Monthly Archives: August 2011

How to Cope with Hurt Feelings

Do you ever eat when you have hurt feelings? Do you find yourself in the middle of a binge or emotionally eating? Do you ever come home or get off the phone with someone, and feeling sad and lonely, stressed or anxious, angry or overwhelmed, walk over to the refrigerator and unconsciously start eating until you feel badly about that instead of what you had originally felt bad about?

Dealing with hurt feelings through emotional eating is one of the ways that we learn to soothe ourselves. But there are other options. When you notice that you are hurt, know that this is a prime time for you to run to the kitchen. Remind yourself that you are at risk for bingeing and ask yourself if there are other things that you can do. Some ways to deal with hurt feelings or anger are:

1.)talking about them to someone else

2.)screaming into a pillow

3.)going for a long walk

4.)reminding yourself that you’ve done nothing wrong, or if that’s not the case, taking the steps that you need to apologize or correct the situation.

5.)take deep breath/meditate

6.)punch pillows

7.)give yourself a break, forgive yourself.

8.)write about it. get on a forum and discuss what happened with others.

How to Stop Night Eating

Do you suffer from night eating? Do you find yourself up late at night grazing through cupboards, or even waking up in the middle of the night and finding that you can’t go back to sleep without eating something? If so, you’re not alone. Night Eating Syndrome (NES) affects millions of people in this country. It differs from binge eating disorder in that there is not usually a gigantic binge, but several episodes of grazing throughout the night. NES often corresponds with anxiety and insomnia. There are theories that for people with NES,  serotonin levels decrease in the evening causing snacking on heavily carbohydrate laden foods to help the body relax and get ready for bed.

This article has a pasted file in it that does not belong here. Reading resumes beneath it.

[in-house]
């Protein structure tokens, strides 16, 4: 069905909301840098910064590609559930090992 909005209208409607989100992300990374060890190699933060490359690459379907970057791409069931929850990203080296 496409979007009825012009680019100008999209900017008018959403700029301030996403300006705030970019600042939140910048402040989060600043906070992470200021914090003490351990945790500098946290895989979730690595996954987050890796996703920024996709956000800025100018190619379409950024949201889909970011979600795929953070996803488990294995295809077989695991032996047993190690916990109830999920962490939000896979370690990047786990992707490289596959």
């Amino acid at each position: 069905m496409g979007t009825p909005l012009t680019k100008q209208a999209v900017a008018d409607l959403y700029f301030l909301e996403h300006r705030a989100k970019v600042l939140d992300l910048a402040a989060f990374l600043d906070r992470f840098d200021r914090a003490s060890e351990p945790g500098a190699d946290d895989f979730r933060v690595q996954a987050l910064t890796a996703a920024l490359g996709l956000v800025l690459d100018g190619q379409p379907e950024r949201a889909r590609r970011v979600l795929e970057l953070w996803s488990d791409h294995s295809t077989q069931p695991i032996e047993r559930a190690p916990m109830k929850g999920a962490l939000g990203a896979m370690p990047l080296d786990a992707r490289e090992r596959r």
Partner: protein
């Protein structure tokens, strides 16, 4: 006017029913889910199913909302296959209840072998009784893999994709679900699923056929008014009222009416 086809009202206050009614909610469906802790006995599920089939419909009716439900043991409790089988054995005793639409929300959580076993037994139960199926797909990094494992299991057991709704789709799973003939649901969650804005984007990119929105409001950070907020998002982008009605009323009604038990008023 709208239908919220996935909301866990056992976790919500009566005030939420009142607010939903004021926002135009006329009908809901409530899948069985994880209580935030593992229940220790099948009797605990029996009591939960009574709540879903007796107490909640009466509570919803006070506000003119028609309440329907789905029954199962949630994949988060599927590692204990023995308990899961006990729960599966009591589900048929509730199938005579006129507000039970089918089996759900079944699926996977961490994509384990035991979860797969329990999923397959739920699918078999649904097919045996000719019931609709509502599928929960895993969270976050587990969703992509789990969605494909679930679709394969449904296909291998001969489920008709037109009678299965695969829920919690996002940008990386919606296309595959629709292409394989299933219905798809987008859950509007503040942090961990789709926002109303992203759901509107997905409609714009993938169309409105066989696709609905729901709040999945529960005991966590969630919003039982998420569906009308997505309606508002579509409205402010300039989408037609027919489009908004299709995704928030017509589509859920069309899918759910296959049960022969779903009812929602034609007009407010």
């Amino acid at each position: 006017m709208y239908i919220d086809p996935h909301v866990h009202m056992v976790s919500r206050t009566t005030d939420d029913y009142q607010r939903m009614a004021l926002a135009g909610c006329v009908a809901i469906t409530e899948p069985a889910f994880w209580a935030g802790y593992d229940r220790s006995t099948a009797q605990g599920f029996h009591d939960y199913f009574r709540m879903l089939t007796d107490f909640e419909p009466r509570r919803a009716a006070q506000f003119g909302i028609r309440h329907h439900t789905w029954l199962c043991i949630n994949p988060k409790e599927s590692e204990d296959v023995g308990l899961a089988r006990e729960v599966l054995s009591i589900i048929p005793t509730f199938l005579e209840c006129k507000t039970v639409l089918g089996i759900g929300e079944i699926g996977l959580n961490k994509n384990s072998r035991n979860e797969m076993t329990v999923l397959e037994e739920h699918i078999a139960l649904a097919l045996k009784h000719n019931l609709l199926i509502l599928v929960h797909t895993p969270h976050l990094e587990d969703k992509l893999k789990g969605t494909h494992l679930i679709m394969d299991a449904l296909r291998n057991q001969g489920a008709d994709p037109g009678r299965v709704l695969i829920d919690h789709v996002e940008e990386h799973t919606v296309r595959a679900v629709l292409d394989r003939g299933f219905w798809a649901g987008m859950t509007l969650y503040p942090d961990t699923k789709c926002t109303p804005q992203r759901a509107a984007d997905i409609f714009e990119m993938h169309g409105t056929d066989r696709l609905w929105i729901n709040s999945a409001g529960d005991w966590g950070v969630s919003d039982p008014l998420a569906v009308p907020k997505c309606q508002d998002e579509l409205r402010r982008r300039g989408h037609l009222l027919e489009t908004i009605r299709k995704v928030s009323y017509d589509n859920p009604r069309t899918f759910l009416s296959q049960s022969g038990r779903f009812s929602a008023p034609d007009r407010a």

Though it’s challenging,  are things that you can do to defeat  night eating:

 

  • Eat breakfast! This can help to establish healthy daytime eating patterns to ensure that blood sugar and serotonin levels remain steady throughout the day.
  • Establish regular eating patterns throughout the day including lunch, dinner, and snacks. People with NES are afraid to eat normally during the day since they get most of their calories at night. The irony is however, that if you eat during the day, you might find that you need less food in the evenings.
  • Before you go to sleep at night, write in a journal. Write about your day, your fears, anxiety, anger, sadness, joy, excitement, whatever, just write and move your emotions through you.
  • Keep your journal next to your bed in case you wake up in the middle of the night. If you do, write in your journal.
  • When you go to sleep at night, turn off all the lights and television. Sleep with a sleeping mask and earplugs in order to ensure deep sleep.
  • Put a piece of  duct tape across your bedroom door so that you don’t unconsciously get up and walk to the kitchen. The tape will snap you out of your trance so that you can bring some consciousness to the choice to get up and go eat.
  • Put a STOP sign on or in your refrigerator so that you can remember to think about what you’re doing.
  • Talk to your doctor or Naturopath about taking a supplement such as melatonin, tryptophan, or 5-HTP at night to increase calm, decrease night eating behaviors and help with sleep.

Night eating is challenging because it is so unconscious, but helping your body and mind relax while increasing consciousness  of the behavior can help quell it.